Tuesday, July 05, 2016

Blurred History

A Magazine Cover That You Will Never See


I got to thinking about a recent article I saw in Issue 58 of the famous Calvary Chapel Magazine. Calvary Chapel of Costa Mesa gets top billing as one of the supporters of this magazine.* But it appears to me that there are just some people that the magazine will never write about, so I came up with this imaginary magazine cover. Maybe someone in the future, after digging around in banker boxes stored behind the mop bucket in a dusty janitor's closet at CC Costa Mesa, accidentally finds some old, mildewed records that reference a certain, obscure "youth minister" who was once employed there, many years ago. By this time, however, nobody living could remember who this youth minister was or anything about him. But this discovery seemed so surprising to the person making it that he decides to write up an lengthy article regarding his investigation and submit it to the magazine. Of course, I am just imagining all this.

Down the Memory Hole


It is funny how history can get blurred. As a good example of what I mean, how history gets re-written, just take at look at this article, titled "They Called It the Jesus Movement," published in issue 58. The authors of this particular article were Jessica Russell, Debra Smith, and Tom Price. The nearest that Lonnie Frisbee and his wife Connie get to being mentioned in this "history" is this vague reference:
After being introduced to a couple who fit the hippie description, Chuck and Kay prepared the church to meet their new friends. The young people were well-received, and the countercultural community at Calvary Chapel began multiplying rapidly.
I was surprised at how glaring here the omission is. The names of the hippie "couple" were left out altogether, no matter that Lonnie played a very catalytic role at that stage of the story. I can understand the authors trying to put an "uplifting" spin on things, but this is getting ridiculous. I also noticed that the article had no pictures of Lonnie, such as at the beach baptism at Pirate's Cove. I know people who were baptized personally by Lonnie at one of these beach baptisms. But I guess Lonnie has now disappeared down the Orwellian Memory Hole.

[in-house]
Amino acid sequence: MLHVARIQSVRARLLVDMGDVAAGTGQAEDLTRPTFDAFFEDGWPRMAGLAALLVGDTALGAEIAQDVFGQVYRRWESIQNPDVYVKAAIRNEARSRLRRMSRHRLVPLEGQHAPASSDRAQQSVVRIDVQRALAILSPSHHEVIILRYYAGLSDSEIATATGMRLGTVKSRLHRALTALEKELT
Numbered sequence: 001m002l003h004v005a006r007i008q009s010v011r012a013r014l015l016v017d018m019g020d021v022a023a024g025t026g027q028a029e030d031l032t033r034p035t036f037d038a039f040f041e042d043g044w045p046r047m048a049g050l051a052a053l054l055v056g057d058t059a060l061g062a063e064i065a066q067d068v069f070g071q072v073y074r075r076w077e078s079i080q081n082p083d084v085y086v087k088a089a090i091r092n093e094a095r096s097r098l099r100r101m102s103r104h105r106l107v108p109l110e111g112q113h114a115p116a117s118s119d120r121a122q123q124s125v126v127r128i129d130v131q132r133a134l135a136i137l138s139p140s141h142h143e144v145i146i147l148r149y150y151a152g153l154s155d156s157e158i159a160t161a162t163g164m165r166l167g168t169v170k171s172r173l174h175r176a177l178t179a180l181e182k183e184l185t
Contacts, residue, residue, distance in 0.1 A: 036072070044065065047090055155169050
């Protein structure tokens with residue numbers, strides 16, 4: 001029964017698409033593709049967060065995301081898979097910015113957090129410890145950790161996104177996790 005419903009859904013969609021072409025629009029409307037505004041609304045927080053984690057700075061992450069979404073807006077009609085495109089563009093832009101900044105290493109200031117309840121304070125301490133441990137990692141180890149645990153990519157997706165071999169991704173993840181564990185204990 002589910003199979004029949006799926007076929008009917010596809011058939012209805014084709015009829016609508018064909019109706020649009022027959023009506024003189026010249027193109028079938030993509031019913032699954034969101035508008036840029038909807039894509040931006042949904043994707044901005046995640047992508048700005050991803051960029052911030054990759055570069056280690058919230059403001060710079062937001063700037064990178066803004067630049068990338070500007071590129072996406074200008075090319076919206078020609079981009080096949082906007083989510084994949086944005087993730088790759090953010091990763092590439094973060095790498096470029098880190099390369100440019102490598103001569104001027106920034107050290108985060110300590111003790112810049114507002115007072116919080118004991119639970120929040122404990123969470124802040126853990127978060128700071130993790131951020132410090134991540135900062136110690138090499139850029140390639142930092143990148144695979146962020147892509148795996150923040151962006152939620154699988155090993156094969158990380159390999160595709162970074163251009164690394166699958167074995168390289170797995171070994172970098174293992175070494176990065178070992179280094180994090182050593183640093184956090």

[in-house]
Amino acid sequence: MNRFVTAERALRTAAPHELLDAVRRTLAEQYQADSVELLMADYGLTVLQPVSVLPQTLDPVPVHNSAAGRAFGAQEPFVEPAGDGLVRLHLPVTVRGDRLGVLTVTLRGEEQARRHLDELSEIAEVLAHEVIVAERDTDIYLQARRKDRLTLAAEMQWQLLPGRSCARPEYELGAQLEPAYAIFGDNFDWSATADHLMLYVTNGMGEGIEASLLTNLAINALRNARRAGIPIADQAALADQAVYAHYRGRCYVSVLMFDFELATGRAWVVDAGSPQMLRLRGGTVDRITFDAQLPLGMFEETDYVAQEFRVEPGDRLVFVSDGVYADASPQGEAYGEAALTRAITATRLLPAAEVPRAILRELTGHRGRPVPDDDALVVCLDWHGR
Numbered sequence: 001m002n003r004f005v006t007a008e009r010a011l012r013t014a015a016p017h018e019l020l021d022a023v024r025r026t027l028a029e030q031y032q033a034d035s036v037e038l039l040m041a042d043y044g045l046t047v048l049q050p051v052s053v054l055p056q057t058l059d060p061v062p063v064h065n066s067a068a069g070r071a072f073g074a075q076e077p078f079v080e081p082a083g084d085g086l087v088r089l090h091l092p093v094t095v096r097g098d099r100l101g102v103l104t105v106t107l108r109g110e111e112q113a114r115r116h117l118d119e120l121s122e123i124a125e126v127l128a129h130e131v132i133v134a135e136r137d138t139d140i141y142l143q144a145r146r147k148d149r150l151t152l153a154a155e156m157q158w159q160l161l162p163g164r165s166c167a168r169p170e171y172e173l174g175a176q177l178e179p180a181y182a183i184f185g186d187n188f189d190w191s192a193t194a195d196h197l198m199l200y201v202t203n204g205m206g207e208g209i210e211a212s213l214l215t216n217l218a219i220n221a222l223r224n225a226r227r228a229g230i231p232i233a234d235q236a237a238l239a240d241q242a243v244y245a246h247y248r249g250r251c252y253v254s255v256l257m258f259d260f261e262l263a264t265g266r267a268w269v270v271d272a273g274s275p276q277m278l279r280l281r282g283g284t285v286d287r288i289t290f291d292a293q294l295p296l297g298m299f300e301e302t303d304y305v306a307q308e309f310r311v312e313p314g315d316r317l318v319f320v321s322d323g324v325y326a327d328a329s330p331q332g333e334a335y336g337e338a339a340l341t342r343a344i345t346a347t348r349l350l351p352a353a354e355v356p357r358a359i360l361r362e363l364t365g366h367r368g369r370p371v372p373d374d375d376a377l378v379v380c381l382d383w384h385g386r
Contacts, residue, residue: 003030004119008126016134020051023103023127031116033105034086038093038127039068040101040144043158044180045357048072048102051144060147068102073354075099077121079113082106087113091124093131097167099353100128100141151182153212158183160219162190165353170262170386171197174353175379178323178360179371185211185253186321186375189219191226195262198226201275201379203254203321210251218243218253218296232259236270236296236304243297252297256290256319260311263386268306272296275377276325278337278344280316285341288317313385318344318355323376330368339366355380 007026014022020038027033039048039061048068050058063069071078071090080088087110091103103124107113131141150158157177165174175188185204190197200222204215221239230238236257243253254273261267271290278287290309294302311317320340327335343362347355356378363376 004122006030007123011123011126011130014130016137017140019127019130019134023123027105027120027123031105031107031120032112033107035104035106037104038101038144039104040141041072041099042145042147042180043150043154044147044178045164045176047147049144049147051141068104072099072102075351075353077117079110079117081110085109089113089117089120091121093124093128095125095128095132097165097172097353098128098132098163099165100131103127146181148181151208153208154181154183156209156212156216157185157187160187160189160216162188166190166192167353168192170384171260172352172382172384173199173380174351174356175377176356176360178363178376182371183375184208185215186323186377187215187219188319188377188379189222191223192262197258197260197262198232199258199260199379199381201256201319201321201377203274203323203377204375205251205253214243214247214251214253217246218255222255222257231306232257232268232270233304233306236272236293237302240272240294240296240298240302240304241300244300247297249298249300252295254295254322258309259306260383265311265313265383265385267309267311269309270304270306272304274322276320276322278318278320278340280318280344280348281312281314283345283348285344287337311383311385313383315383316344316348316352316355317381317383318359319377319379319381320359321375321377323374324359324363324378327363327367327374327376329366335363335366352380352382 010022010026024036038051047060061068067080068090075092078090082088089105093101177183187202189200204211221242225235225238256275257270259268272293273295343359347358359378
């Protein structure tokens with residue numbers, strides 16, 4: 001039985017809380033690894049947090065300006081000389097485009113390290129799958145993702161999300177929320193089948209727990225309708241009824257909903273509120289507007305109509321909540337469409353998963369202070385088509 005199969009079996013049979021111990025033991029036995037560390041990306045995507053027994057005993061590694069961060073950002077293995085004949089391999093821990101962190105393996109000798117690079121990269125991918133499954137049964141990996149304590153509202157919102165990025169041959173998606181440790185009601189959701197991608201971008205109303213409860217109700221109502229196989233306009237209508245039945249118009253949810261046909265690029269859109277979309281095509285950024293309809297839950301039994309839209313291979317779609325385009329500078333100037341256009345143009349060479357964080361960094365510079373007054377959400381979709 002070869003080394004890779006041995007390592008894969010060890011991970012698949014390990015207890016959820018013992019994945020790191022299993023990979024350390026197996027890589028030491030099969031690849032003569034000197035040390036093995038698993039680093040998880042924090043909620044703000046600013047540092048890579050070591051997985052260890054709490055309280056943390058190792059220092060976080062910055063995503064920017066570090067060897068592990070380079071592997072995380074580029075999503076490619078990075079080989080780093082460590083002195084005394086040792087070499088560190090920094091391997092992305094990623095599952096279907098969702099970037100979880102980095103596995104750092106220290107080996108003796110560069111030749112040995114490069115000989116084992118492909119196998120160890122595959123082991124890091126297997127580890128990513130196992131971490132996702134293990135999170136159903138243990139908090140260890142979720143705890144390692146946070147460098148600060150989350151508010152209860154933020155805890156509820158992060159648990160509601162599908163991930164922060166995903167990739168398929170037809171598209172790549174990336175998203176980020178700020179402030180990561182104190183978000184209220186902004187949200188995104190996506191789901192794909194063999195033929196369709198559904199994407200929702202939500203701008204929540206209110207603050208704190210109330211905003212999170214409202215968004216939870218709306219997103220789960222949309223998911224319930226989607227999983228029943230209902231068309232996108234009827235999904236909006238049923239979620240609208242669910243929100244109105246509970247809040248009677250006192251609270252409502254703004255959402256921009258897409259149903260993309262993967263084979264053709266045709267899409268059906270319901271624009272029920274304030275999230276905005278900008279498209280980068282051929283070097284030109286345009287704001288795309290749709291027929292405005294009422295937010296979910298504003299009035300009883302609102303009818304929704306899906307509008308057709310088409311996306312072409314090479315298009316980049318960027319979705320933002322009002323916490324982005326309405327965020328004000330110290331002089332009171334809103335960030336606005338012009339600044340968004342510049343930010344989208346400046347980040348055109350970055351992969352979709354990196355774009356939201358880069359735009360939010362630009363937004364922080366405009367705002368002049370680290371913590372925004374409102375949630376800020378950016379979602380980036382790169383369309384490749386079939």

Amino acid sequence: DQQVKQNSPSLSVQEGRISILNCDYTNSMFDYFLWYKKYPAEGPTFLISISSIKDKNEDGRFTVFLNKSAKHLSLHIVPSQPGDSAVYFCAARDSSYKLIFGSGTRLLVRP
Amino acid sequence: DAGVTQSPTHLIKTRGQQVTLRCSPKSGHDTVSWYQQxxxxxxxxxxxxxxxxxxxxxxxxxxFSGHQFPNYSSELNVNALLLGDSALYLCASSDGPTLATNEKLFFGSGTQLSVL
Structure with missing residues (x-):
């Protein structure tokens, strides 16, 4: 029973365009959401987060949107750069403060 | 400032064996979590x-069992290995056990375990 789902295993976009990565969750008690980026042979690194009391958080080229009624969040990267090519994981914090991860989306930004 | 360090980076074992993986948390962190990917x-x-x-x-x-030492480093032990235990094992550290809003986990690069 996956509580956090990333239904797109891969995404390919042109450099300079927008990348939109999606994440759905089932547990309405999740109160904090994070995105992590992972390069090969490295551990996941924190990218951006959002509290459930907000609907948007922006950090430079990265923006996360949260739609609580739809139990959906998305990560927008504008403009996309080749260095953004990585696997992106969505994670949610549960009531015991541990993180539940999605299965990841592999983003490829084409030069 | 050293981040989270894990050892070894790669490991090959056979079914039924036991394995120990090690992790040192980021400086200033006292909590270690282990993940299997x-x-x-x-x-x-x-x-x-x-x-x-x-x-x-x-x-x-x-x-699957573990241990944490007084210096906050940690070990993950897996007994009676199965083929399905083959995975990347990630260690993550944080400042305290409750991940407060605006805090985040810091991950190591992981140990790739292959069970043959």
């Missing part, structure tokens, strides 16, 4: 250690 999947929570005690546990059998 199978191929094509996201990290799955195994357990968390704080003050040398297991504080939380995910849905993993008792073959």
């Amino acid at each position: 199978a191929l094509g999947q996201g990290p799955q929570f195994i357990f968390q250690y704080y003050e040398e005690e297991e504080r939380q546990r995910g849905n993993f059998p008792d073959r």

I find it hard to believe that this article is merely a case of slipshod journalism. It looks to me more like censorship, a puff piece, a selective whitewash of history, or sweeping stuff under the rug. For the record, here is another picture of Lonnie at one of the CC beach baptisms at Pirate's Cove. You mean to tell me that Russell, Smith, and Price, the authors, did not know about any of this? Come on. And they couldn't even mention the guy's name? What were the editors at Calvary Chapel Magazine afraid of?

Here is Lonnie preaching at the original church building in Costa Mesa. The place was packed out. Yet his name is expunged from the record, damnatio memoriæ. I have to admit that at first I was a little steamed about this article. But upon sober reflection, it became clear to me that the article, which appeared in the commemorative issue concerning Chuck Smith, was intended by the authors to emphasize that Chuck was a towering figure. Indeed, he was. But what does it harm to keep a few simple facts straight? Listen, people. Chuck might have been towering, but he was not always a "one man show." He had some help. So why is it so hard to give a tiny bit of credit to whom credit is due? Not even L.E. Romaine, the "Number Two" man at Calvary Chapel of Costa Mesa, was mentioned in the article. Did he count for nothing too?

In the long run, it is better to stick with truthfulness and honesty, and let the chips fall where they may. But I suppose that, in Lonnie's case, the editors wanted to protect the Chuck Smith and Calvary Chapel brand names, which might get sullied if associated with the name of a flawed individual. Erasing Lonnie's name, I guess, solves this problem. His face has been blurred out, in effect, and he has now become the anonymous hippie.

Since we cannot always expect Calvary Chapel to remember its own history, more than ever, I implore Roger Sachs to stop delaying and publish the remainder of Lonnie's autobiography. I think we have waited long enough. Lonnie Frisbee was not some inconsequential footnote or a tragic Samson-esque "Bible Story" character. His life mattered, and so does the grace of God. Come on, Roger, publish the rest of Lonnie's autobiography. Let Lonnie finish the message he was trying to tell.


* [Update, 2017 Jan 15] Calvary Chapel Costa Mesa has since disappeared from the list of supporters, which happened sometime after I originally wrote this article. It is rather strange that the eponymous church that started it all is no longer listed as a supporter of the magazine that bares its name.